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Thursday, February 12

The Street Price of Happiness

"The Street Price of Happiness"
Short Fiction - Speculative
By Linda Courtland

"What is the nature of your emergency?" the 911 operator said.

"Someone stole my emotions."

"I'll send a car out right away," she said.

Two officers knocked at my door. We stared at each other, blank-faced.

"Thank you for coming so quickly," I said.

"Stealing emotions is a felony in this state, ma'am. When did you first notice they were missing?"

"I suspected something was wrong this afternoon," I said. "I went through the whole day at work without feeling angry or unappreciated."

An officer took notes.

"But I know I had them last night," I said. "I distinctly remember screaming at my boyfriend."

"Was he the last person you saw before the theft?"

"Yes. In fact, I didn't even cry myself to sleep after we broke up. He must have taken them before he left."

"If you could give us his address," the officer said.

At the preliminary hearing, my boyfriend hollered at the judge.

"This is ridiculous," he said, slamming a fist against the table. "I didn't do anything wrong."

The judge addressed his angry attitude. "I suggest you sit down, sir. These are serious charges."

"She has no proof," my ex yelled.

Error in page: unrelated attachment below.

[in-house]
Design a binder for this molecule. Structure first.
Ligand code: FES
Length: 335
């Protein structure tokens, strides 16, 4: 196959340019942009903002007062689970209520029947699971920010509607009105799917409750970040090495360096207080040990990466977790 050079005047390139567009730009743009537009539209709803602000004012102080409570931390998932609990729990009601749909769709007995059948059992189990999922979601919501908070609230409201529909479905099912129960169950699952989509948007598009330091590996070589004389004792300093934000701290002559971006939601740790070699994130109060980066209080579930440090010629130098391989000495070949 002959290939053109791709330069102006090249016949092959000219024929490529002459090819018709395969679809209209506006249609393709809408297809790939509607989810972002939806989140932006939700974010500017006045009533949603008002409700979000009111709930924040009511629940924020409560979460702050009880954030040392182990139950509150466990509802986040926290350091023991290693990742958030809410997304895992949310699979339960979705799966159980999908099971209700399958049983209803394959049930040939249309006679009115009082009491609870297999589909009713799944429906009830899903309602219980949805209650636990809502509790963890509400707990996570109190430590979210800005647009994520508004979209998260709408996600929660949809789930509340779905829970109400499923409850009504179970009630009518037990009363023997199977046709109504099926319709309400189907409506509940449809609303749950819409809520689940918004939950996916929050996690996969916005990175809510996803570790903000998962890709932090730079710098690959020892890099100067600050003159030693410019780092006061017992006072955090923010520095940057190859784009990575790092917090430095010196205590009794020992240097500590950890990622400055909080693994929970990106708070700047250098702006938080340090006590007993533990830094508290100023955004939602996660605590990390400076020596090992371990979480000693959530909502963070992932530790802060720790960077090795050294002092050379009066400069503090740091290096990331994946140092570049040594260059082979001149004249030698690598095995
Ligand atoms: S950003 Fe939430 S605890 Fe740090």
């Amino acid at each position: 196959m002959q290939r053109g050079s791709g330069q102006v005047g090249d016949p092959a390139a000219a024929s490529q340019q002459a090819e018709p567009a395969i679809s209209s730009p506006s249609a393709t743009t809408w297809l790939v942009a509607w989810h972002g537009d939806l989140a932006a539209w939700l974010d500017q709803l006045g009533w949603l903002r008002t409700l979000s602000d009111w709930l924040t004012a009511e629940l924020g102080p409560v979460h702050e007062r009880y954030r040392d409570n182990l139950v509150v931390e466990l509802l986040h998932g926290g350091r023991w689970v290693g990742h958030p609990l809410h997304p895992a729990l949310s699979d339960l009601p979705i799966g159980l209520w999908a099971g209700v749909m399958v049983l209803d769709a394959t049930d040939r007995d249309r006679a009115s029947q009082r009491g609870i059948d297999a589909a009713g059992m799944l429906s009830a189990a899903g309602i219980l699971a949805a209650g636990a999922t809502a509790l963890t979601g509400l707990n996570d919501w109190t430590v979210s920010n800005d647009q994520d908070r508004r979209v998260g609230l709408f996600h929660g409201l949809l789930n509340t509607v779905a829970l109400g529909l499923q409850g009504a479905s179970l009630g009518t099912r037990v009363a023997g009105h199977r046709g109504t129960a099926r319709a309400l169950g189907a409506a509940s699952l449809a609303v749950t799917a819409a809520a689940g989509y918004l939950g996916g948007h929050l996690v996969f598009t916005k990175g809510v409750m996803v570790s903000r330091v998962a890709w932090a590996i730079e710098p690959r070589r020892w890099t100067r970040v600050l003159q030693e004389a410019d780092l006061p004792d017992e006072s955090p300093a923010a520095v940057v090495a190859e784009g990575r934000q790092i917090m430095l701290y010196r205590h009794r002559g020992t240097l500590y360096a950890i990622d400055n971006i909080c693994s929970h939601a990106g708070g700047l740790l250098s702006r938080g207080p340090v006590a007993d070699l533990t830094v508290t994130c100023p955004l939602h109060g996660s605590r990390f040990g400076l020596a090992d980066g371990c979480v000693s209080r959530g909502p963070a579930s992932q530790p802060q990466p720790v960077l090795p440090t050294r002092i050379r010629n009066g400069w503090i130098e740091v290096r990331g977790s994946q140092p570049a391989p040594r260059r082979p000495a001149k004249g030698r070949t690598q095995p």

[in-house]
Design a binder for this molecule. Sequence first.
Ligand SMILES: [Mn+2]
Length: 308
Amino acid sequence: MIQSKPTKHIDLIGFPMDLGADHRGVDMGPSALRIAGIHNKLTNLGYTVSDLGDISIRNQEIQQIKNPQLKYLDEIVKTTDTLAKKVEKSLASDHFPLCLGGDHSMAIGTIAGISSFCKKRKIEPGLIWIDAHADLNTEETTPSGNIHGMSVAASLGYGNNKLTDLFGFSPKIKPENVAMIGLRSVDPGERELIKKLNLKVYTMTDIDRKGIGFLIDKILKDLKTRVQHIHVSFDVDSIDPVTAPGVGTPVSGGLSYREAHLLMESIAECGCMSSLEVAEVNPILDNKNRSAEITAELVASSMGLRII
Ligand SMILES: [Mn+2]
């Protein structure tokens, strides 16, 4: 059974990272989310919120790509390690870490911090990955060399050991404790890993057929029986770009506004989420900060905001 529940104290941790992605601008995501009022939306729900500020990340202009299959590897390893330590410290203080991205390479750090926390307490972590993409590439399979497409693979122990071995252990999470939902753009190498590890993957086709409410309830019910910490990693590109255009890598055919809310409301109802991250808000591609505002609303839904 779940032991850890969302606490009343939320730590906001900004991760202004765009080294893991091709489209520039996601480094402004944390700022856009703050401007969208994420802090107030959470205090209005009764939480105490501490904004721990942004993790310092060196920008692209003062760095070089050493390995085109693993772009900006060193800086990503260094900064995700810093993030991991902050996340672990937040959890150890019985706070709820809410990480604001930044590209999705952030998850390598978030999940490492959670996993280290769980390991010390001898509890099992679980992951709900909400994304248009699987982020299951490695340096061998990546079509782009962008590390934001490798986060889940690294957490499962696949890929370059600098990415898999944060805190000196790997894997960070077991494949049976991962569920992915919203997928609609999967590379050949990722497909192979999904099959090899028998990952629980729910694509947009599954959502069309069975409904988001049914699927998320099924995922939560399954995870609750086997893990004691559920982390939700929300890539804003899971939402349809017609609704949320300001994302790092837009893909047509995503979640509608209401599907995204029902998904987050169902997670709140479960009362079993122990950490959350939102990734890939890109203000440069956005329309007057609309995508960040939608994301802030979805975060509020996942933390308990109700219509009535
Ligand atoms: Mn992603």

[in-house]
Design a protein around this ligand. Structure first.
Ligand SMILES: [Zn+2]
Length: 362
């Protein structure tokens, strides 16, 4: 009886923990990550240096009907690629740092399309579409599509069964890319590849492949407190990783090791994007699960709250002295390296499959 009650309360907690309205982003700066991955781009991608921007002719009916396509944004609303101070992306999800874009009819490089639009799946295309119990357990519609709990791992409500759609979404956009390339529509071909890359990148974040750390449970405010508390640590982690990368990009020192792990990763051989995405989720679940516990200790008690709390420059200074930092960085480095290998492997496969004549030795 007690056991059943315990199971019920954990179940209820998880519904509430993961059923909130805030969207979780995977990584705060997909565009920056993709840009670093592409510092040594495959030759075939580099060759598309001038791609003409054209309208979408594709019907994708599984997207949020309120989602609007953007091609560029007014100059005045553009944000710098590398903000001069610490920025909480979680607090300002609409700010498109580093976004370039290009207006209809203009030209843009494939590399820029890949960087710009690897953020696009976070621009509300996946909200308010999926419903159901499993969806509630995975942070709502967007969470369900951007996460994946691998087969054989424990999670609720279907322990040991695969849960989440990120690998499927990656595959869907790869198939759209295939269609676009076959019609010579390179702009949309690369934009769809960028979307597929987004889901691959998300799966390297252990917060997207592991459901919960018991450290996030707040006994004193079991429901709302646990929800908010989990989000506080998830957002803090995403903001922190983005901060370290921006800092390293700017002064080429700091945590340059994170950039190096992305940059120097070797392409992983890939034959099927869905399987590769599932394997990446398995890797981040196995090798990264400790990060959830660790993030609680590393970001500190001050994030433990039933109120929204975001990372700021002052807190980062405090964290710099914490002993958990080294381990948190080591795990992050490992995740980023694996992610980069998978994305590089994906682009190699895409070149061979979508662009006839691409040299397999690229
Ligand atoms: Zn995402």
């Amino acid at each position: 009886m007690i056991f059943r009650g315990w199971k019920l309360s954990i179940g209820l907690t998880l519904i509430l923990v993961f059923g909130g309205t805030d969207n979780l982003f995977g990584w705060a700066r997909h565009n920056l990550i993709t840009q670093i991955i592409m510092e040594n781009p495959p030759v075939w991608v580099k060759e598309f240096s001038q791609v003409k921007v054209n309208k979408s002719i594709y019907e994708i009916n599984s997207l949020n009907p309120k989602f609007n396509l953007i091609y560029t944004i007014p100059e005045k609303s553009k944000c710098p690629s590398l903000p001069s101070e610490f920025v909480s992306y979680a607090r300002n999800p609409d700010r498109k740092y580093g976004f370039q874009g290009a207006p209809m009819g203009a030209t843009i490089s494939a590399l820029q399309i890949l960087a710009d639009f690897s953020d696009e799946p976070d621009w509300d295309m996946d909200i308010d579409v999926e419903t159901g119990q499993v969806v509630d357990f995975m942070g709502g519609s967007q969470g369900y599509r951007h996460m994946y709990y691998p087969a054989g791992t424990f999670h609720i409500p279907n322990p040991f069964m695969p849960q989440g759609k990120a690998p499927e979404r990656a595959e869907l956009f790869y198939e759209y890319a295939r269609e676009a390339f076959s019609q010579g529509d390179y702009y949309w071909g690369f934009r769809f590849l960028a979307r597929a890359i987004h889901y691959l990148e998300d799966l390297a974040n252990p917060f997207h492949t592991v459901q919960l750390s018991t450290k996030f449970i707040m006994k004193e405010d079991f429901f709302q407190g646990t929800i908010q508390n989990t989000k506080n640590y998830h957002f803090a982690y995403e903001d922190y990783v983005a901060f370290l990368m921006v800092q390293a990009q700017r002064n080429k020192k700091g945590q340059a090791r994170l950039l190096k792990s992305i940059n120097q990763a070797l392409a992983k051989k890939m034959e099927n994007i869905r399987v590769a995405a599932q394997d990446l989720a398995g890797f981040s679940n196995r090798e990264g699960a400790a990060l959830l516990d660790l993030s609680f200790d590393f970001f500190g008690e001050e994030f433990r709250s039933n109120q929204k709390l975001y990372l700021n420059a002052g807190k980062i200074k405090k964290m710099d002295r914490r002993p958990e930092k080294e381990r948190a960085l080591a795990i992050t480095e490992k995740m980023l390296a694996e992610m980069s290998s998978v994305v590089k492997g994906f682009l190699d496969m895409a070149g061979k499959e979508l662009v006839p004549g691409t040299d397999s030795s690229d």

"That's my anger he's using," I said. "I'd recognize it anywhere. And I want it back."

"Defendant is remanded," the judge said, and sent him to jail until trial.

The police officers were at my door the next day. "Good news," they said. "After a night in the slammer, the suspect confessed."

"Does that mean I get my emotions back?"

"He's already pawned your happiness and hope," they said. "We checked with the shops but unfortunately, those things move pretty quickly around here."

"What about my love and fear?" I said, stone-faced.

"He sold them on eBay(R), but we'll track down the buyers. And he's willing to return your anger and sadness in exchange for a reduced sentence."

"Make the deal," I said.

We met in the jail's visiting room.

"I took them when I was packing my things," he said. "I was upset that
you were throwing me out."

"So you sold my happiness?" I said.

"You could probably buy it back on the black market."

Driving home, I reflected on yet another failed relationship and felt my anger and sadness fill me. I cranked up the car stereo and slammed a fist against the dashboard. It felt so good to scream.

5 reactions:

Kelly Parra said...

Linda, love this!

Linda said...

Thanks, Kelly!!

Rod Drake said...

Very amusing, clever, well-written and surreal; love this kind of offbeat but touching story - great job

Sandra said...

This is just f----ng great. You just keep getting better and better.

Julie said...

Clever, quirky little tale - really enjoyed it, thanks!